“Christ is able to save to the uttermost those who draw near to God through Him, since He always lives to make intercession for them. (Hebrews 7:25)


Related Content:

In the Aftermath of Trauma

Many people in my hometown of Orlando, Florida are feeling the effects of trauma right now.  Some of them are victims or relatives of victims of the two shootings which occurred here in recent days.  Others are first responders, police, fire or ambulance personnel who witnessed the carnage or its aftereffects.  But others are experiencing symptoms of trauma at more of a distance – those called upon to counsel victims or first responders, relatives and friends of those involved, maybe even the community as a whole.  We are struggling to wrap our brains around the idea that such massive evil and bloodshed could occur in our midst.  We are shocked, frightened, grieving, trying to “fix it” or to escape. 

Of course there have also been some lovely examples of heroes and helpers giving blood, offering prayers, providing food and comfort.  This reminds us of our role as God’s children, entering the scene of tragedy as Jesus did to bring the hope of redemption. We cannot not lose sight of God’s goodness, but, at the same time, we should not use that truth to dismiss others’ pain, jumping too quickly to a hope that many cannot yet feel.

Part of the healing that needs to be done is to allow ourselves and others to talk, to grieve, to feel our own feelings, whatever they may be.  Be kind to yourself and others right now.  We won’t always feel this way, but part of moving forward is living in the present, acknowledging whatever may be, telling the stories and validating the pain.  To that end, I offer the following handout which you can download, print or copy for others.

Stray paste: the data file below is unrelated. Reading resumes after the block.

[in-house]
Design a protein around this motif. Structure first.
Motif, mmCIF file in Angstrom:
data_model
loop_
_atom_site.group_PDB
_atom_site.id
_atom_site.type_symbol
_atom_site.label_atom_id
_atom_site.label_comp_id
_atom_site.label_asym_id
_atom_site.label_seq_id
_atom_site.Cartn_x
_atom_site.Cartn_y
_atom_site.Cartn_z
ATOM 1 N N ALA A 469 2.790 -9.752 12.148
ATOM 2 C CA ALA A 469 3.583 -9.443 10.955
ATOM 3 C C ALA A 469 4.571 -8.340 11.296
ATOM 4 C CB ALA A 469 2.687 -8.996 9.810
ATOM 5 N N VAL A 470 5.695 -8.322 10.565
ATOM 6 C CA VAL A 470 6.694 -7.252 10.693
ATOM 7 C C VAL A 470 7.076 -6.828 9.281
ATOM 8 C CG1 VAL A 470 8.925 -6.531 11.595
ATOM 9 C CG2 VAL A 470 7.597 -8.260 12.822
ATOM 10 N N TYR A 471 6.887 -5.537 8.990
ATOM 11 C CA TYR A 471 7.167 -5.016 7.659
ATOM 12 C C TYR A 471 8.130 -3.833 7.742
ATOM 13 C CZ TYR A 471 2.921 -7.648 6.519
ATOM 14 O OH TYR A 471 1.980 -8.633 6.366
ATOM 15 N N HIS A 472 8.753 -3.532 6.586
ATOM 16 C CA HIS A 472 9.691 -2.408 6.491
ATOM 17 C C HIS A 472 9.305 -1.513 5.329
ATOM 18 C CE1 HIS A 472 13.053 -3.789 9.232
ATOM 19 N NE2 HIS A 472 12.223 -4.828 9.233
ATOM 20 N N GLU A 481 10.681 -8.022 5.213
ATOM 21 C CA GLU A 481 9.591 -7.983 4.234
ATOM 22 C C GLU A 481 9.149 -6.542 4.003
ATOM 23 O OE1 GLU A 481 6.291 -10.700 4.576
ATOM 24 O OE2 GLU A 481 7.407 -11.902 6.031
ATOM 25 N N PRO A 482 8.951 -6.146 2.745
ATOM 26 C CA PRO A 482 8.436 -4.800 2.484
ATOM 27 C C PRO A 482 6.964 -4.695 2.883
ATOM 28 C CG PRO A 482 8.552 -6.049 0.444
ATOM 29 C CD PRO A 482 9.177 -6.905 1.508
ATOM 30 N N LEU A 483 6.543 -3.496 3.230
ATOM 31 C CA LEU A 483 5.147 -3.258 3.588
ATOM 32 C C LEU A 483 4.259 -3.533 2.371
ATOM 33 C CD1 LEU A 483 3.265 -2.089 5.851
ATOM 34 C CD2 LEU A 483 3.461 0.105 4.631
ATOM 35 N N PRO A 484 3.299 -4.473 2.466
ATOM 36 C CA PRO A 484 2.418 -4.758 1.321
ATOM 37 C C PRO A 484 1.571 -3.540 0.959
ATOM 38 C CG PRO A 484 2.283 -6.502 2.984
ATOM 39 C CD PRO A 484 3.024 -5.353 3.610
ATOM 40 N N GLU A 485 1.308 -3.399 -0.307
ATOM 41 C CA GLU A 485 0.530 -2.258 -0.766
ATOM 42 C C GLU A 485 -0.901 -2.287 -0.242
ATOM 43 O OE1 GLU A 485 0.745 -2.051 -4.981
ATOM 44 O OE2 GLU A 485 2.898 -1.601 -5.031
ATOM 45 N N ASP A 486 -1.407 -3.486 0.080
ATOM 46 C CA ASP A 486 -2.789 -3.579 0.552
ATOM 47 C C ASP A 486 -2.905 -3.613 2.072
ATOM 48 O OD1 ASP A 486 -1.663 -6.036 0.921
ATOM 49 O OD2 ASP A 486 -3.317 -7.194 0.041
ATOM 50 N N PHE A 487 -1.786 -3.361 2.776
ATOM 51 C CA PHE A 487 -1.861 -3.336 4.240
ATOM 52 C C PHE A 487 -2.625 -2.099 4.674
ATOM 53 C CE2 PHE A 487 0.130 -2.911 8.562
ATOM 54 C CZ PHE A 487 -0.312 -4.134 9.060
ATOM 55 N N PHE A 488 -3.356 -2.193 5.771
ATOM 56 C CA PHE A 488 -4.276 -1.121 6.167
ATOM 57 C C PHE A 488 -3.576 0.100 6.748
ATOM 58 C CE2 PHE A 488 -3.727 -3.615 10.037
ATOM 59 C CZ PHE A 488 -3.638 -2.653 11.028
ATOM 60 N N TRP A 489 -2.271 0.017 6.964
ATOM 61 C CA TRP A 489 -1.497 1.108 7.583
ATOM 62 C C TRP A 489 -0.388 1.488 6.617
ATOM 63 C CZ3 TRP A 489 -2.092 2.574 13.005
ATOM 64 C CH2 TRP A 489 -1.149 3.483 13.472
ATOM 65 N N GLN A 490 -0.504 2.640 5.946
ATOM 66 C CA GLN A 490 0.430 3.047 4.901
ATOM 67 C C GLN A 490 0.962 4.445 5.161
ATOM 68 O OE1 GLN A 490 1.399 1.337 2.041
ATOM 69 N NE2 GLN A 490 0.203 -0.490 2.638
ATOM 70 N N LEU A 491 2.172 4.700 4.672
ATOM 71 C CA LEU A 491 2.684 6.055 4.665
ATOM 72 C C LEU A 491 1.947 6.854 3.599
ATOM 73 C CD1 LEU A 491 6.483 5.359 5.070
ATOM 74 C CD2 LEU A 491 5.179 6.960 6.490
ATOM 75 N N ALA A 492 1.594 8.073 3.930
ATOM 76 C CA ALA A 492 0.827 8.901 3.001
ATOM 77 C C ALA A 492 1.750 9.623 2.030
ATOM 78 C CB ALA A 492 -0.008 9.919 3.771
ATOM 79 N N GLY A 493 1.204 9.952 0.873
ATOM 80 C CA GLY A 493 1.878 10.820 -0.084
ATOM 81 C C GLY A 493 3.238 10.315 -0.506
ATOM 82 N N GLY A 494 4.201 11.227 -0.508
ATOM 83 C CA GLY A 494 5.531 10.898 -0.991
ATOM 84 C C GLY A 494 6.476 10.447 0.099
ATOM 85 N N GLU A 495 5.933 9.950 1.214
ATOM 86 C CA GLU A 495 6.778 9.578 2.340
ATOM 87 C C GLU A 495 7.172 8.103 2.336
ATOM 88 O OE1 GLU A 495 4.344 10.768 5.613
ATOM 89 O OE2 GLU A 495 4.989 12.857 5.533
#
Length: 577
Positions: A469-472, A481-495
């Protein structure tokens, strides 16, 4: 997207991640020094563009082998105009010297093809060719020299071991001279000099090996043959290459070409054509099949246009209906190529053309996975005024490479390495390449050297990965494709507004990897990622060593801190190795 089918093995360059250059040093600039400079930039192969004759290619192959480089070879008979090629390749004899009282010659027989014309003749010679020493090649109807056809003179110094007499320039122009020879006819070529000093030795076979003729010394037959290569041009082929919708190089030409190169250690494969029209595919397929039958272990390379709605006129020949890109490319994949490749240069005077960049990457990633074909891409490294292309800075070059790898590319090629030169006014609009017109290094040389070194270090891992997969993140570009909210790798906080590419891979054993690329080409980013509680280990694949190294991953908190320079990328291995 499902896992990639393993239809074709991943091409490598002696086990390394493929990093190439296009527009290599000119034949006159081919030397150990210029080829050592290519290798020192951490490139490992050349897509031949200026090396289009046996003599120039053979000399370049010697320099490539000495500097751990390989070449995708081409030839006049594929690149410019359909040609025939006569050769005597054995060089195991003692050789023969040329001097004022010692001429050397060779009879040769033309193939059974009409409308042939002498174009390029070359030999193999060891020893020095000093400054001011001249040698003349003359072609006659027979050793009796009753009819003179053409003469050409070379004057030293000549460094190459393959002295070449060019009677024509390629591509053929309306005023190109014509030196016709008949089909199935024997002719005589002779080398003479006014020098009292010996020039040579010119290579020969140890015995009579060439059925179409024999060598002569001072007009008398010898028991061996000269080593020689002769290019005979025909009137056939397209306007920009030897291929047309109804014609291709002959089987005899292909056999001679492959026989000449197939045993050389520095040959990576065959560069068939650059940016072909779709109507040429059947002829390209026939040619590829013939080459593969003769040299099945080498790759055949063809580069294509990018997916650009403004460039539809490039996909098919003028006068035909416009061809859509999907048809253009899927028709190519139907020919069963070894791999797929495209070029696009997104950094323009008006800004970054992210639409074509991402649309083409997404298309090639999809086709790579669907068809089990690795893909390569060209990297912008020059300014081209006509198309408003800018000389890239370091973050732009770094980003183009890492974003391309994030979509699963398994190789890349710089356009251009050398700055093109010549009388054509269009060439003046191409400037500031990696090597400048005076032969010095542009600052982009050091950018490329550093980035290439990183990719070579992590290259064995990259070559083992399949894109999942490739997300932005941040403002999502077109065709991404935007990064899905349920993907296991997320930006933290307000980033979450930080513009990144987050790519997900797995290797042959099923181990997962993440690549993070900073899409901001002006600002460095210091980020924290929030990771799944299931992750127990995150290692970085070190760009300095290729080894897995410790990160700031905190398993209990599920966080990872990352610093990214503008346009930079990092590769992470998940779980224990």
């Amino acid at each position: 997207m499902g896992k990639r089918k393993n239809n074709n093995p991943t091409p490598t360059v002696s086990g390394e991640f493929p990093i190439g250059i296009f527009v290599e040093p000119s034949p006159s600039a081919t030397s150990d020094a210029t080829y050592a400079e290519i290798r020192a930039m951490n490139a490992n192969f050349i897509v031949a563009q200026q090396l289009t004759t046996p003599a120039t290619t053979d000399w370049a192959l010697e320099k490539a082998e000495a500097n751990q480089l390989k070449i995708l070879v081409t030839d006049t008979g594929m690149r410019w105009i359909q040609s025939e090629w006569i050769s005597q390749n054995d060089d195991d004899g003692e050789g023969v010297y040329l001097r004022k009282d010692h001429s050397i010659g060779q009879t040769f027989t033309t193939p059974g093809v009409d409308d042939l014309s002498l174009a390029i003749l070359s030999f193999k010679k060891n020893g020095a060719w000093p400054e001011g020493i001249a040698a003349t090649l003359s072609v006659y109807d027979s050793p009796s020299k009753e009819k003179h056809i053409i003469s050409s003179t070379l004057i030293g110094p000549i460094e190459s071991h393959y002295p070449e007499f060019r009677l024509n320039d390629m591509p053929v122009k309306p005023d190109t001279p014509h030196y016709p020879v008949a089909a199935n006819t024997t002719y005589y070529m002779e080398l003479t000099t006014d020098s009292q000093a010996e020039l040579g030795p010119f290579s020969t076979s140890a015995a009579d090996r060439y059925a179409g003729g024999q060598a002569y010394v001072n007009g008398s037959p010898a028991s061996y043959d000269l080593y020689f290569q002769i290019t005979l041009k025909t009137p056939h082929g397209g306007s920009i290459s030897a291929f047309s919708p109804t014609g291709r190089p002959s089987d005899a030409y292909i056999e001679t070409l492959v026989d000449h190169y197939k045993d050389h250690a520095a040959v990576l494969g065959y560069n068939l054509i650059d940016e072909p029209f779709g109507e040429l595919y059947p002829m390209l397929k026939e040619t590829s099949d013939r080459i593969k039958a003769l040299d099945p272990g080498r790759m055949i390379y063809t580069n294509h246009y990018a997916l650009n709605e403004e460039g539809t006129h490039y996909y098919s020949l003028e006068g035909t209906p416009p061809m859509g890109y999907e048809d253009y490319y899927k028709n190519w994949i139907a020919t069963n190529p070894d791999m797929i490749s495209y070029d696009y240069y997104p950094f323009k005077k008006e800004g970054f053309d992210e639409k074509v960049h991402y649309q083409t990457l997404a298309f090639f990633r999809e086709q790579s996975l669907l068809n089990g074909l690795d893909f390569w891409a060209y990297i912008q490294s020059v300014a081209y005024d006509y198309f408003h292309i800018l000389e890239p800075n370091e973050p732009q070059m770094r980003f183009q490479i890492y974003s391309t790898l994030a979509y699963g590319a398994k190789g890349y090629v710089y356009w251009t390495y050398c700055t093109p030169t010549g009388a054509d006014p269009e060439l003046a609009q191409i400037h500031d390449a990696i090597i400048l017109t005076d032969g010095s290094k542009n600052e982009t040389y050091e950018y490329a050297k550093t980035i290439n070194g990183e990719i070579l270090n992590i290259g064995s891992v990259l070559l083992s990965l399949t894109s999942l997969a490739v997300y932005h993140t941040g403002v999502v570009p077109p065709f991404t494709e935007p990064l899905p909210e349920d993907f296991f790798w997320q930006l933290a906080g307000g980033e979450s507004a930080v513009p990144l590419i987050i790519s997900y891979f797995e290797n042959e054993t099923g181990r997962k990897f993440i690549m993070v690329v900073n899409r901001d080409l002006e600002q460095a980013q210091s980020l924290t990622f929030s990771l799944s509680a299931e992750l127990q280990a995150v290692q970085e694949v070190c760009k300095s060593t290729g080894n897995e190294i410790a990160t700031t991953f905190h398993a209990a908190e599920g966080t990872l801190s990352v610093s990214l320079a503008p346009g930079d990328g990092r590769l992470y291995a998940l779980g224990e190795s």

Trauma Recovery Handout

May you struggle well and heal in God’s time.

Grieving God’s Way by Margaret Brownley

This devotional book receives my highest rating, even though I hate the title.  Any time you tell me you are doing something “God’s way” I get suspicious!  However, novelist Margaret Brownley has written so beautifully and helpfully on the topic of grief that I will forgive her this once.  Her words are filled with the poignant flavor of personal experience which she gained after the death of her eldest son.  It must be this personal quest toward God in the midst of suffering which makes such a profound impact.

This is a short book which can be read quickly and returned to many times over.  In addition to the 90 days of devotional readings, Ms. Brownley provides a wealth of practical advice and creative outlets for the pain of losing a loved one.  As she succinctly notes, “the needs to change, grow, seek and create are all signs of healing” (p. 195).  They are also means to healing, and there is no lack of helpful, hopeful opportunities here.  I have used some of her suggestions already in my counseling practice, and I would recommend it for the friends of those who grieve, too.   I will be buying multiple copies to give away, and it wouldn’t surprise me if you found yourself doing the same thing.

If you would like more information, visit Margaret Brownley’s website: https://www.grievinggodsway.com/